Public Service Commission, District 3

Chuck Eaton (R) – 3,454 votes   80.57%

Lindy Miller (D) – 833 votes   19.43%

 

Dawson

Secretary of State

Brad Raffensperger (R) – 3,985 votes   85.83%

John Barrow (D) – 658 votes   14.17%

 

Public Service Commission, District 3

Chuck Eaton (R) – 3,939 votes   85.02%

Lindy Miller (D) – 694 votes   14.98%

 

White

Secretary of State

Brad Raffensperger (R) – 4,063 votes   82.78%

John Barrow (D) – 845 votes   17.22%

 

Public Service Commission, District 3

Chuck Eaton (R) – 3,960 votes   80.82%

Lindy Miller (D) – 940 votes   19.18%

 

Union

Secretary of State

Brad Raffensperger (R) – 4,246 votes   80.92%

John Barrow (D) – 1,001 votes   19.08%

 

Public Service Commission, District 3

Chuck Eaton (R) – 4,108 votes   78.65%

Lindy Miller (D) – 1,115 votes   21.35%

 

Towns

Secretary of State

Brad Raffensperger (R) – 2,161 votes   79.95%

John Barrow (D) – 542 votes   20.05%

 

Public Service Commission, District 3

Chuck Eaton (R) – 2,105 votes   78.22%

Lindy Miller (D) – 586 votes   21.78%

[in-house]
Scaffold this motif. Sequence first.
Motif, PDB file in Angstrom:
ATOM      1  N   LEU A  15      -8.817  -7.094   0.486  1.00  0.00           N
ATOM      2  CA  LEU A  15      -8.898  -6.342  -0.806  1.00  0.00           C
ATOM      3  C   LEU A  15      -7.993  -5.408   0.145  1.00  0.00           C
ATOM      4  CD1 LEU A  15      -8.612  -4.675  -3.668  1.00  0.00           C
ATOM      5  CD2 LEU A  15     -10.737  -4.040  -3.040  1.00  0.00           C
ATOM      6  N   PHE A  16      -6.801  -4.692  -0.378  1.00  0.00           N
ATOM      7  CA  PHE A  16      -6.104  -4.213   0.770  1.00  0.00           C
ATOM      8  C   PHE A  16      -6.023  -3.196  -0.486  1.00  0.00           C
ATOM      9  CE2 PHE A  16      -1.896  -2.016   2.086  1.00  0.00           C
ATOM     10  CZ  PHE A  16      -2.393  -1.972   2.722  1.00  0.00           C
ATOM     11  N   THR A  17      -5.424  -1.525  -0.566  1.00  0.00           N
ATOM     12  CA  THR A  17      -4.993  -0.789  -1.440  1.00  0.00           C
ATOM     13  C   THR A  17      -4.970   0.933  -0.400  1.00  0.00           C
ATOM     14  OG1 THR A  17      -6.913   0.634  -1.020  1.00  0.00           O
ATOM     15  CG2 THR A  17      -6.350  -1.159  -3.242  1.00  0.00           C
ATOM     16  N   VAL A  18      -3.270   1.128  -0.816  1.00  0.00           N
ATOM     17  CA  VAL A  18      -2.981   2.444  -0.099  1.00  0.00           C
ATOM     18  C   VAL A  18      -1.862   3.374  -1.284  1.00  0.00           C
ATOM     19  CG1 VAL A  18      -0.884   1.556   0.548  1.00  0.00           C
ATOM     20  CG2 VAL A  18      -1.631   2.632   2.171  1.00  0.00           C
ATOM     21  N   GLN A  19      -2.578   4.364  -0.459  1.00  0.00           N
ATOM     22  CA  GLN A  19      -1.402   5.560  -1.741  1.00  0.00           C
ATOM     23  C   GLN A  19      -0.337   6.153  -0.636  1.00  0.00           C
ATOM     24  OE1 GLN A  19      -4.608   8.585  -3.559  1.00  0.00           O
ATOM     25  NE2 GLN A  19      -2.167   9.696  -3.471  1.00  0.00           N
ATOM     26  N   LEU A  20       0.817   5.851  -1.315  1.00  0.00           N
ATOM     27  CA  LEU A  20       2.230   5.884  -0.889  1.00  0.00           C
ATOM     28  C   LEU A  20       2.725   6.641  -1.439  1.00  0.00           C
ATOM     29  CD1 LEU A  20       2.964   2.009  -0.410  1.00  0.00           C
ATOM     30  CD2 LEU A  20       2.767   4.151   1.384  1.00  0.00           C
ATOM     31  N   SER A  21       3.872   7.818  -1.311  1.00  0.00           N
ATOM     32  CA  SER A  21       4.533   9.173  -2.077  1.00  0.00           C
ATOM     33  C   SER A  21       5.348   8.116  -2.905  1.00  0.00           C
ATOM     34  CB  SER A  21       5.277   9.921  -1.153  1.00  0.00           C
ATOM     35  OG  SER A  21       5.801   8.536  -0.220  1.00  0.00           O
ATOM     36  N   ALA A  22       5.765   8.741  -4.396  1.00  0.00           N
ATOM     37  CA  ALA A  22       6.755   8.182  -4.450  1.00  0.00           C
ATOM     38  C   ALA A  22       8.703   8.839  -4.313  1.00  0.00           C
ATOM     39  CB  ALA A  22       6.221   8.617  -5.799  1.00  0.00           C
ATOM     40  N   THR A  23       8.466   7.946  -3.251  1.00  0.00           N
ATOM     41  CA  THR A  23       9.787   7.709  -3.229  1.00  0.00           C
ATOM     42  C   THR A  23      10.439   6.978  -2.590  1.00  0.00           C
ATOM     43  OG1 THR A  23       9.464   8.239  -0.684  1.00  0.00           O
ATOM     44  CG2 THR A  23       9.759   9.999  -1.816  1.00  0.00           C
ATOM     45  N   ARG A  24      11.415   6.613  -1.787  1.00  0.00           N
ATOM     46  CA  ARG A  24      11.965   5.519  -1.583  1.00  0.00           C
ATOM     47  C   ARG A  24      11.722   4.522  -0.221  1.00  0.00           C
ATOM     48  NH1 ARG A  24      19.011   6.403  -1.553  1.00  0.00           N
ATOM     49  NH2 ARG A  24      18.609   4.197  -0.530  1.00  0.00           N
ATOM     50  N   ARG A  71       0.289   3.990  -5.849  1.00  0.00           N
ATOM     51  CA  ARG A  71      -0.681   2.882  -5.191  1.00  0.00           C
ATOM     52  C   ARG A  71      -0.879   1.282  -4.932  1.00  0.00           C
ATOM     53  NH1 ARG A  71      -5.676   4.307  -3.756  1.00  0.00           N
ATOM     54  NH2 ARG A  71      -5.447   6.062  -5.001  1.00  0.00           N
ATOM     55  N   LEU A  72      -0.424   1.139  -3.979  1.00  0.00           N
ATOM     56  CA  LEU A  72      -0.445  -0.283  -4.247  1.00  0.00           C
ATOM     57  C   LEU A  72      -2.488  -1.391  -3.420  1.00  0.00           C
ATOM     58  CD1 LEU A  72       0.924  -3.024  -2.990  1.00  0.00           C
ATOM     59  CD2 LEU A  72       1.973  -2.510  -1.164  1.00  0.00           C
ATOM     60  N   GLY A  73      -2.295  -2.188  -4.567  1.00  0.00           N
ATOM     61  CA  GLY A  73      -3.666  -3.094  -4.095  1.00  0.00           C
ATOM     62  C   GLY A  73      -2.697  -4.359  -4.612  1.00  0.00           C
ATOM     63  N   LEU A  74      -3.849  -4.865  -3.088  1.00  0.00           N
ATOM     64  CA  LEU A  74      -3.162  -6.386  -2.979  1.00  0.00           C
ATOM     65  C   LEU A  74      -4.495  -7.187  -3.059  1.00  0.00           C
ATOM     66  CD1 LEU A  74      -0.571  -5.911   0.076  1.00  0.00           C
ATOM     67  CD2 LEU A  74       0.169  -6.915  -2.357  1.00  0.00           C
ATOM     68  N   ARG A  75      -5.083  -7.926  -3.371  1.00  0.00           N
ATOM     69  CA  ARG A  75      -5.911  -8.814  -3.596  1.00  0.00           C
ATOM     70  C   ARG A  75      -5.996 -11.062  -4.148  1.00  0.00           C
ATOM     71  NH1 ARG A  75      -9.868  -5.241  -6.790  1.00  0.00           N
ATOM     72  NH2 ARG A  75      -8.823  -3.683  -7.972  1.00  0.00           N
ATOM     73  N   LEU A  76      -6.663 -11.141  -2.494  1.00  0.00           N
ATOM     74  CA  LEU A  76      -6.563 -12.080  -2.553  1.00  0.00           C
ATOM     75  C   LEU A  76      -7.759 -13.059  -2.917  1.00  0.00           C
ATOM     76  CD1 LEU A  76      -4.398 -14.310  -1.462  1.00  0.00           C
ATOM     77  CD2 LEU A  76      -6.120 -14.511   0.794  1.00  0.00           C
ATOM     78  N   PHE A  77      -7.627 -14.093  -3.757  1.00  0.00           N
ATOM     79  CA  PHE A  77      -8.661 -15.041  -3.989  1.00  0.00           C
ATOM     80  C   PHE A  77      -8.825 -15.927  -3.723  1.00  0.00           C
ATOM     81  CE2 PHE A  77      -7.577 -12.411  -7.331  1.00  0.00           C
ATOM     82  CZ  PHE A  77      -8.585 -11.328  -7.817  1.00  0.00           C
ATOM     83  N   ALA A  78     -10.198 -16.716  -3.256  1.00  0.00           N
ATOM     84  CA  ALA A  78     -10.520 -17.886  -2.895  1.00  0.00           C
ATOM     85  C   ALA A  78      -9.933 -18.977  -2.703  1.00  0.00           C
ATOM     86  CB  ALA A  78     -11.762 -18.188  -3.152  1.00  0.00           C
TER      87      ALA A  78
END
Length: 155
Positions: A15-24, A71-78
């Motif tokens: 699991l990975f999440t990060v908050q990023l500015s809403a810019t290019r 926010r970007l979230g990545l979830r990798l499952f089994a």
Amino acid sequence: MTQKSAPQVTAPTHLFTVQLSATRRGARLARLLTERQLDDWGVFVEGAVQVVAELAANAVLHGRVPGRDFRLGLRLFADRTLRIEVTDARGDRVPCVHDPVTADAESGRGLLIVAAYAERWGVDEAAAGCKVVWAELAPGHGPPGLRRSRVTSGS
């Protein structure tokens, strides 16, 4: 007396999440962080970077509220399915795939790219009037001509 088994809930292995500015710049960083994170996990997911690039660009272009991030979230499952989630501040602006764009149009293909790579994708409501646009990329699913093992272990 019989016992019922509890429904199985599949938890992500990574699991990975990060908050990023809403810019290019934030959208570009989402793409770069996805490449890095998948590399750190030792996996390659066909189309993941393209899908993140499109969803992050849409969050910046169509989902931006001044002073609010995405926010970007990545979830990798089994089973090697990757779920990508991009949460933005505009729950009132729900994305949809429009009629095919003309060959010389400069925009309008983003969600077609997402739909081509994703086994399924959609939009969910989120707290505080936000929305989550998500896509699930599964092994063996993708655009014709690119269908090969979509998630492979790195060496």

Murray

Secretary of State

Brad Raffensperger (R) – 2,699 votes   88.99%

John Barrow (D) – 334 votes   11.01%

 

Public Service Commission, District 3

Chuck Eaton (R) – 2,691 votes   88.84%

Lindy Miller (D) – 338 votes   11.16%

 

Lumpkin

Secretary of State

Brad Raffensperger (R) – 3,378 votes   78.47%

John Barrow (D) – 927 votes   21.53%

 

Public Service Commission, District 3

Chuck Eaton (R) – 3,337 votes   77.89%

Lindy Miller (D) – 947 votes   22.11%

Raffensperger wins nomination for Secretary of State

Election, Election 2018

Blue Ridge, Ga. – Brad Raffensperger has defeated David Belle Isle in the July Runoff Election.

Raffensperger and Belle Isle vied for the Republican nomination to seek the seat of Georgia Secretary of State. The Secretary of State seat is open with no incumbent as current Secretary of State Brian Kemp moves forward in the gubernatorial race.

With all 159 counties reporting, Raffensperger was able to receive 61.76 percent of the vote while Belle Isle fell short only receiving 38.24 percent.

Raffensperger will move forward to the November General Election where he will face Democratic nominee John Barrow.

 

 

 

Fetch Your News is a hyper local news outlet that attracts more than 300,000 page views and 3.5 million impressions per month in Dawson, Lumpkin, White, Fannin, Gilmer, Pickens, Union, Towns and Murray counties as well as Cherokee County in N.C. FYNTV attracts approximately 15,000 viewers per week and reaches between 15,000 to 60,000 per week on our Facebook page. For the most effective, least expensive local advertising, call 706-276-6397 or email us at advertise@FetchYourNews.com